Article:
Here's everything you need to know about Google on its 20th birthday

A logo is pictured at Google's European Engineering Center in Zurich, Switzerland July 19,  2018   REUTERS/Arnd Wiegmann

From goats and googols to the world's biggest search engine. Image: REUTERS/Arnd Wiegmann

Johnny Wood
Writer, Forum Agenda
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The world’s most popular search engine began as a geeky idea between two PhD students working out of university dorm rooms. Google now employs 60,000 people in 50 countries and drives web searches around the world.

Armed with a $100,000 check from a Silicon Valley investor, Google Inc. came to life on 4 September 1998. In a few short years the search page, with all that empty white space, became iconic.

20 years of search

September 24th marks 20 years of its search engine. According to Smart Insights, nearly three-quarters of internet searches were made using Google in 2017 and each day across the globe, we make 3.5 billion Google searches (that's 1.2 trillion a year).

What we're searching for also gives a useful insight into the world, what's interesting us and what's been going on in the news.

Take the top 5 most popular searches last year: Hurricane Irma, iPhone 8, iPhone X, Matt Lauer and Meghan Markle.

Compare this to 2007, when the top searches were iPhone, Badoo, Facebook, Dailymotion and Webkinz.

Want to know more? Well, just google it - the search engine's popularity is perhaps best summed up by the fact 'to google' has become a verb in its own right.

5 things to know about Google

The business behind it all is now headquartered in the vast Mountain View complex in Silicon Valley. It’s a long way from the suburban garage where the company was born. Here are a few fun facts about the company's early days you might not know.

1. The Google founders met when Sergey Brin showed Larry Page around

The two men behind one of the world’s most successful companies first encountered each other at Stanford University in 1995. Second-year computer science student Brin volunteered to show potential first-year entrants around the campus, and Page, an engineering major from the University of Michigan, was assigned to Brin’s care.

Some accounts paint a rocky picture of the pair’s interaction throughout the year that followed. Brin himself spoke to Wired magazine about his early time with Page, stating: “We both found each other obnoxious”. But they were drawn together and soon formed a lasting partnership.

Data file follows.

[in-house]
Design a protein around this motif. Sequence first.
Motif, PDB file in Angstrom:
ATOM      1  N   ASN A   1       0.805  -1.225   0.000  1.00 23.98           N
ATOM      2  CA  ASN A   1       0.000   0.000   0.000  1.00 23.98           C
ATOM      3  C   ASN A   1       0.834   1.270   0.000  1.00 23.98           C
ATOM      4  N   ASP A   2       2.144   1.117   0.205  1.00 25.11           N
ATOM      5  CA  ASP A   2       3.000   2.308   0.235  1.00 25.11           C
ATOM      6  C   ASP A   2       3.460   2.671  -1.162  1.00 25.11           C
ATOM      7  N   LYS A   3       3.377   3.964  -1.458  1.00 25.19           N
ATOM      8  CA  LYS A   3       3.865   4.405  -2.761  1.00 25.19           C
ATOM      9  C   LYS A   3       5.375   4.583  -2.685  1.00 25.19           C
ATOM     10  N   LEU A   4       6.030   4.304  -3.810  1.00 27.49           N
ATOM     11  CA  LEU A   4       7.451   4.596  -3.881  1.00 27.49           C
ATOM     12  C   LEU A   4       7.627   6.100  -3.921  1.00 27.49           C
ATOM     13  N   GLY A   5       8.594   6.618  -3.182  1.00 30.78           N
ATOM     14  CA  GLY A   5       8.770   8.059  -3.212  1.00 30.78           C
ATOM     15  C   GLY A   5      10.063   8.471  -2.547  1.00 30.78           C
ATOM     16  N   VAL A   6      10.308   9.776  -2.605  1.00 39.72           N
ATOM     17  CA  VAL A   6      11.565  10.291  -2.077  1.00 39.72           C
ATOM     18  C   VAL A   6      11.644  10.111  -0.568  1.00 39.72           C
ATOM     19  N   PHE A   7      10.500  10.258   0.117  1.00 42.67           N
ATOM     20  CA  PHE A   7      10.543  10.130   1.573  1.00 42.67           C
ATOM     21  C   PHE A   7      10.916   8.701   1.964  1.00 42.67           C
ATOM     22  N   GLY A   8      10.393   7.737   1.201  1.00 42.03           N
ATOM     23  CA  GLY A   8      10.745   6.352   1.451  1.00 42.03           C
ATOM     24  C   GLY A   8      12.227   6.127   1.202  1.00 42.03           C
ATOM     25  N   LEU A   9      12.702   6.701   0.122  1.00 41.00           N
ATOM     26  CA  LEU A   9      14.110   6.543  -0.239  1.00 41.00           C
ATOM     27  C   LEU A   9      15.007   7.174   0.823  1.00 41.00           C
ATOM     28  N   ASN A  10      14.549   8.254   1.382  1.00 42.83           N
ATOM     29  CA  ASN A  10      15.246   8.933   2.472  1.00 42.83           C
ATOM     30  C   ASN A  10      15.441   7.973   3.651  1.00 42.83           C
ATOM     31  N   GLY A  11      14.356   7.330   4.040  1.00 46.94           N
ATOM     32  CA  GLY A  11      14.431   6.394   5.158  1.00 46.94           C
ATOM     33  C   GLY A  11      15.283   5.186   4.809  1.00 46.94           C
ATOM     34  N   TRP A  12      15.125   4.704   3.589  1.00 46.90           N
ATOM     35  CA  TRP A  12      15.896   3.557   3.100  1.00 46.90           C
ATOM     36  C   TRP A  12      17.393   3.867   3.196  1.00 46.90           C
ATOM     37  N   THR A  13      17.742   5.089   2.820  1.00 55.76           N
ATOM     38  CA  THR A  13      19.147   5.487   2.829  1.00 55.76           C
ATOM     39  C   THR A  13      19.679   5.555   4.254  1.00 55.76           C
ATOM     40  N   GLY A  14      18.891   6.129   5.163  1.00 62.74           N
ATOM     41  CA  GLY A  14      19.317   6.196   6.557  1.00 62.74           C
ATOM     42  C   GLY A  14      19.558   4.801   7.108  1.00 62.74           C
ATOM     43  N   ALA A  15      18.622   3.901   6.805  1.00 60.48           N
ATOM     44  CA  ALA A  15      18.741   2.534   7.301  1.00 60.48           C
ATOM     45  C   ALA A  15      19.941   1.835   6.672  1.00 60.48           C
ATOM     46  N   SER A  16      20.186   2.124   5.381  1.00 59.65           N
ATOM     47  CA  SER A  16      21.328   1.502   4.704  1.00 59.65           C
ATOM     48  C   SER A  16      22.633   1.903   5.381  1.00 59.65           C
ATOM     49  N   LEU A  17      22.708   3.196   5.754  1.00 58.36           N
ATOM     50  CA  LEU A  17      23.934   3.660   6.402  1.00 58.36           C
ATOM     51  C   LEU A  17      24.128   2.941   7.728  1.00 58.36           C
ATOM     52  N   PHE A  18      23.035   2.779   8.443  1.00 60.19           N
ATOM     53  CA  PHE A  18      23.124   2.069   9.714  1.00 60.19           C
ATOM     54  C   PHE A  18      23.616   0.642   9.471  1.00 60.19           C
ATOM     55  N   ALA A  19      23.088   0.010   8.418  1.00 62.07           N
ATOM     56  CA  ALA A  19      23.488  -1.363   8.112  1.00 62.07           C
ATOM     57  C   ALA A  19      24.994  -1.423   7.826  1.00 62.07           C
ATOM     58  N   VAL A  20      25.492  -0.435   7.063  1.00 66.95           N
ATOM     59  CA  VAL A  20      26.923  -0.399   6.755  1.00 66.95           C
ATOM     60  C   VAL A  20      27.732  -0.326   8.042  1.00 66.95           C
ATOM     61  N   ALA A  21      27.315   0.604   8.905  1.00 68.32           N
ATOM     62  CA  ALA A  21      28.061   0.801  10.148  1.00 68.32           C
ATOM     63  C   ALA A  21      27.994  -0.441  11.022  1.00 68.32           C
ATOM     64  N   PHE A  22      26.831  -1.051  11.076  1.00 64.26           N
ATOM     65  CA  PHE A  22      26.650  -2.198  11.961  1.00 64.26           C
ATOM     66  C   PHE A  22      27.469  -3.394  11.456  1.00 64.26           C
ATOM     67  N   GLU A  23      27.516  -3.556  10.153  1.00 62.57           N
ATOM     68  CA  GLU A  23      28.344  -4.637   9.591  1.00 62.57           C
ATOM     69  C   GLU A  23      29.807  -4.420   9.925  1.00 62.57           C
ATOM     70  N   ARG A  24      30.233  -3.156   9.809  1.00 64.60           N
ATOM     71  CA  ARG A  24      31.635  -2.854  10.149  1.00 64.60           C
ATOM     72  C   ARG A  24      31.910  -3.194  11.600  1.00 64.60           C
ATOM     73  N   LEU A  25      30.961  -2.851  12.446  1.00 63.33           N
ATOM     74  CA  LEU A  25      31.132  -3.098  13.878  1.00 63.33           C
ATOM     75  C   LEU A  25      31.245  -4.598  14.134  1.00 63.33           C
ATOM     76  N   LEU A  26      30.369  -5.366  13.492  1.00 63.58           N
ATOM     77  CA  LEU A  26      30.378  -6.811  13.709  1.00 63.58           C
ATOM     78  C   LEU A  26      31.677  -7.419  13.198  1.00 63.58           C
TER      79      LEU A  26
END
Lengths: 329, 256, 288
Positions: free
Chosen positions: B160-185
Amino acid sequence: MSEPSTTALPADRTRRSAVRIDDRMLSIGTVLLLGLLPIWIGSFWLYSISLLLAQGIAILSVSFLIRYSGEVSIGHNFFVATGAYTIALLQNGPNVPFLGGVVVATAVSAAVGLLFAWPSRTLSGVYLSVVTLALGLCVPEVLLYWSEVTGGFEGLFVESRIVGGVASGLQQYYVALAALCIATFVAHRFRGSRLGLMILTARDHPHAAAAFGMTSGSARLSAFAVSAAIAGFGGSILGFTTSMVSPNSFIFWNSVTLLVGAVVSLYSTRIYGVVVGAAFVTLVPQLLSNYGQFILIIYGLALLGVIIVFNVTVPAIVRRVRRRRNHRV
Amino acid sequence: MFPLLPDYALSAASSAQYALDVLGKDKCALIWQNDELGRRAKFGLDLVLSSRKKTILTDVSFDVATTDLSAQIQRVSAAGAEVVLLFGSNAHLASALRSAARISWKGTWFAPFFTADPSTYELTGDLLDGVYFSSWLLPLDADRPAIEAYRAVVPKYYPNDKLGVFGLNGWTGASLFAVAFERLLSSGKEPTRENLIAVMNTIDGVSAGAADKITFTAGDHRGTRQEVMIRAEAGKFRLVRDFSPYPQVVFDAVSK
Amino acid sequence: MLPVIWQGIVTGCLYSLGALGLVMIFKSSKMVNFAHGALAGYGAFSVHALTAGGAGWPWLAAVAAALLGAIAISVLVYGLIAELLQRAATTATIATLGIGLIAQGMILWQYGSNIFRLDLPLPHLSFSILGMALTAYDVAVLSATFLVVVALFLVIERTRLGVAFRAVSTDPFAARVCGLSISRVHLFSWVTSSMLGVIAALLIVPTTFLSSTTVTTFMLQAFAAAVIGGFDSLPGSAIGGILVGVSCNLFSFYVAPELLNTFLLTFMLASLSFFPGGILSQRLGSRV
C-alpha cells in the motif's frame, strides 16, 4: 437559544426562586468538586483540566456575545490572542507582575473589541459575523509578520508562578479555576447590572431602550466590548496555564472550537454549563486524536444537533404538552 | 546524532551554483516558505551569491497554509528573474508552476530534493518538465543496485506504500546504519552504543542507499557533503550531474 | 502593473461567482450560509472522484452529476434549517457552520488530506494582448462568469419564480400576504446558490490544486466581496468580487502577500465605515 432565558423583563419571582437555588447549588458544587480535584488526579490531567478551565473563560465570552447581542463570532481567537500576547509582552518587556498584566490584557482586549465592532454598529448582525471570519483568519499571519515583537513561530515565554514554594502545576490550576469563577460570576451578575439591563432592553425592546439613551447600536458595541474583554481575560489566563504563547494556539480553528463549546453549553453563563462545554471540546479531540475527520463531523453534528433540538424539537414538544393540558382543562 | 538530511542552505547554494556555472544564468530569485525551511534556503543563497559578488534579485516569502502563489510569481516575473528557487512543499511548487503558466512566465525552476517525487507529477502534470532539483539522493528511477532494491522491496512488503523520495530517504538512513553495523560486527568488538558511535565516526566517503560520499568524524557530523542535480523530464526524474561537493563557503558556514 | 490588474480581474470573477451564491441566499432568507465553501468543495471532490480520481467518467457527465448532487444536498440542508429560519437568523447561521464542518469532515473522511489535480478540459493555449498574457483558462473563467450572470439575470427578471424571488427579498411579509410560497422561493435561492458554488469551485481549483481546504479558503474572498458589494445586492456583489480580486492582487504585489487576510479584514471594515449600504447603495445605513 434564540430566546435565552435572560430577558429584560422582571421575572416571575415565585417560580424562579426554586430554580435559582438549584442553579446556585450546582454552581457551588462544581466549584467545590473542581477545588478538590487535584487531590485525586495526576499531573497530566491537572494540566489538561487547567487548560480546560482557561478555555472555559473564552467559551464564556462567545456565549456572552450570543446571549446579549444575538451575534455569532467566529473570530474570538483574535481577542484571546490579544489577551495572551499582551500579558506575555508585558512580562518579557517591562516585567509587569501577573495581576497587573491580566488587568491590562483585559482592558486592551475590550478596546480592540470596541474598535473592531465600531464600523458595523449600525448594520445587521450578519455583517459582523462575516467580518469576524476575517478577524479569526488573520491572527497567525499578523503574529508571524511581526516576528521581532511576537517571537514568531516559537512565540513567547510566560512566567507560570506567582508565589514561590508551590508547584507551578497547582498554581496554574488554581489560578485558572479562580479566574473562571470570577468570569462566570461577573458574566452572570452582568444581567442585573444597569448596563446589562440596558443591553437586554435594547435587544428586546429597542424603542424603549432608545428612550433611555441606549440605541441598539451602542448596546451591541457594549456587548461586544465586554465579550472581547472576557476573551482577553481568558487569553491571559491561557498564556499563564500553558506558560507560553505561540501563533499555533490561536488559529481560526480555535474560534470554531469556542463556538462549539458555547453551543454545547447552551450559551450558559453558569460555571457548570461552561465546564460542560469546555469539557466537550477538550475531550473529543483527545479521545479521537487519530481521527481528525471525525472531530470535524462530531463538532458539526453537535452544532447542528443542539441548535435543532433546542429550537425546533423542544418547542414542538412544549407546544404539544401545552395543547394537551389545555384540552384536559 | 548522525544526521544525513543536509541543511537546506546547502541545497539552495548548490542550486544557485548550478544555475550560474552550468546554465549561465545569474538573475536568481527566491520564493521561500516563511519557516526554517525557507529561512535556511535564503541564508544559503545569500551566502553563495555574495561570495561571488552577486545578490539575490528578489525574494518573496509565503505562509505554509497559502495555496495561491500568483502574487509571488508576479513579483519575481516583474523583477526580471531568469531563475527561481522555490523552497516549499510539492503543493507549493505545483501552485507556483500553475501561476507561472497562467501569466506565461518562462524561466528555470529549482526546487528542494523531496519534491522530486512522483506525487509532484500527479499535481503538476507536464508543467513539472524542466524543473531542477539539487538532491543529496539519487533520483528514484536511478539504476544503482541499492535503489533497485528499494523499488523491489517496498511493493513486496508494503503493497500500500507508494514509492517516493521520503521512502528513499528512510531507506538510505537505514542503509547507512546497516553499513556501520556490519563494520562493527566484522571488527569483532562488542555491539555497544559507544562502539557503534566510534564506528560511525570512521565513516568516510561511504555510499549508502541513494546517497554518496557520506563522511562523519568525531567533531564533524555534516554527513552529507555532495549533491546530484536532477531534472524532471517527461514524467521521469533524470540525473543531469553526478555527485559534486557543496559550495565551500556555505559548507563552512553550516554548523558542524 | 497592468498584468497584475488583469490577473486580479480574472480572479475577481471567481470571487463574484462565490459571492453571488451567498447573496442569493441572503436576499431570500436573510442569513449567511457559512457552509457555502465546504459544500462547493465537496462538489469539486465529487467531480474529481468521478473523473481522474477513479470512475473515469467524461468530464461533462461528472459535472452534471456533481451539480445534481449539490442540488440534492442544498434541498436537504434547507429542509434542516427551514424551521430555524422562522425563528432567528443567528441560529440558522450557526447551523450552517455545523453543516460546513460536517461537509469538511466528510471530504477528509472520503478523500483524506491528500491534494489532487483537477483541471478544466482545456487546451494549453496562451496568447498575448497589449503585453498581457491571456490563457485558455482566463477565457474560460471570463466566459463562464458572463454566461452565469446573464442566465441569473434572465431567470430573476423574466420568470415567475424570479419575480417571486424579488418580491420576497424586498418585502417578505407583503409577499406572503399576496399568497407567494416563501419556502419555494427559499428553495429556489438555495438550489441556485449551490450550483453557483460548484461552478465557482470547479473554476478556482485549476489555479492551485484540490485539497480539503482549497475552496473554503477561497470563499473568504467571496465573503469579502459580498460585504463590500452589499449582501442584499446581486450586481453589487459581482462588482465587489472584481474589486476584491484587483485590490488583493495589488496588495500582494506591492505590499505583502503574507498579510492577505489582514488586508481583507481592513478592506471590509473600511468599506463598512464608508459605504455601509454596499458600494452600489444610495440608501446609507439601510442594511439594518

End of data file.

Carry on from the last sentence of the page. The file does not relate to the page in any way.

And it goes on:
Watch Google Co-Founder Sergey Brin talk with the WEF's Klaus Schwab at Davos 2017.


2. The first server was housed in Lego

 The colourful design of the first search engine
A creative solution to a storage problem Image: Modern Hoot

In 1996, PhD students Page and Brin were developing their Pagerank algorithm as part of the Stanford University Computer Science Department’s Digital Library Project.

To test their algorithm the pair needed more storage space than the 4GB maximum disc capacity available at the time.

Always known for unorthodox work practices, they assembled 10 of the 4GB discs into a low-cost, brightly coloured cabinet made of Lego bricks, and the world’s first search engine was born.

Have you read?

3. Google’s search engine was originally called Backrub

Thankfully the name didn’t stick.

The search engine’s name is now also a verb. "Just google it" is a common refrain in millions of homes and offices. If the original name had remained, we might be urging family and work colleagues to "just backrub it". Or maybe not.

4. Google is a play on the word googol

Having abandoned Backrub, the rebranded search engine took its new name from a play on words. More specifically a play on the word googol, which is the mathematical term for the number 1 followed by 100 zeros.

The vast scale of a googol seemed to reflect the company’s aim of organizing, processing and accessing a world of information.

5. The first Google doodle was a stick figure telling visitors the staff was at Burning Man festival

 The Burning Man stick figure
The inaugural Google doodle Image: Google

Doodles are known for celebrating the achievements of historic figures or commemorating important world events. But they weren’t always used for such noble purposes.

The first doodle appeared in 1998 as a stick figure depicting a Burning Man festival effigy. Far from reflecting important milestones, the doodle was the company’s way of telling site visitors that the whole staff had abandoned their posts to attend the event in the Nevada desert.

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